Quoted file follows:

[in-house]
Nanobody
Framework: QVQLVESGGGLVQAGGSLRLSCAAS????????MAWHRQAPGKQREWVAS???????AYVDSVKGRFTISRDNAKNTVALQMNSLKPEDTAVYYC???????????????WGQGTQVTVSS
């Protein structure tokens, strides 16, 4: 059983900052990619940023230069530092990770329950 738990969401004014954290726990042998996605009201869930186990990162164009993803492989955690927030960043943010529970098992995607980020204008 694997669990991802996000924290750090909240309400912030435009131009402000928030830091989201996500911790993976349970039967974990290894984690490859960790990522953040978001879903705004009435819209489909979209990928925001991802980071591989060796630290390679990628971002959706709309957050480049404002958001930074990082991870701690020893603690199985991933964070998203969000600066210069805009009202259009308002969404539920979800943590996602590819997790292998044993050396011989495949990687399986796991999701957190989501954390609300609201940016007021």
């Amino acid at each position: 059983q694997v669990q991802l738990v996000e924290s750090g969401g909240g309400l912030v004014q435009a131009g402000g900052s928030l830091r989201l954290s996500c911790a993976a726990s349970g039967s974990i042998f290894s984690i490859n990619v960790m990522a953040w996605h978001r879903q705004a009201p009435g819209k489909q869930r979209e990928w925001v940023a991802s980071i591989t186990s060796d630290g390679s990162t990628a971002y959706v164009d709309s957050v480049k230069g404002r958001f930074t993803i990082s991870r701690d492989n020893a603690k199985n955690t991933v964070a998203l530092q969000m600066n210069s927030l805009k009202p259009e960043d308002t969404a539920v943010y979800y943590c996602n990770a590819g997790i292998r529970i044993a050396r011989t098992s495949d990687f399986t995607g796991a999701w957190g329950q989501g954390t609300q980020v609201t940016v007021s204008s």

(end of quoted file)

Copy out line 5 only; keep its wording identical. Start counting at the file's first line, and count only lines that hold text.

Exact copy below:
């Amino acid at each position: 059983q694997v669990q991802l738990v996000e924290s750090g969401g909240g309400l912030v004014q435009a131009g402000g900052s928030l830091r989201l954290s996500c911790a993976a726990s349970g039967s974990i042998f290894s984690i490859n990619v960790m990522a953040w996605h978001r879903q705004a009201p009435g819209k489909q869930r979209e990928w925001v940023a991802s980071i591989t186990s060796d630290g390679s990162t990628a971002y959706v164009d709309s957050v480049k230069g404002r958001f930074t993803i990082s991870r701690d492989n020893a603690k199985n955690t991933v964070a998203l530092q969000m600066n210069s927030l805009k009202p259009e960043d308002t969404a539920v943010y979800y943590c996602n990770a590819g997790i292998r529970i044993a050396r011989t098992s495949d990687f399986t995607g796991a999701w957190g329950q989501g954390t609300q980020v609201t940016v007021s204008s």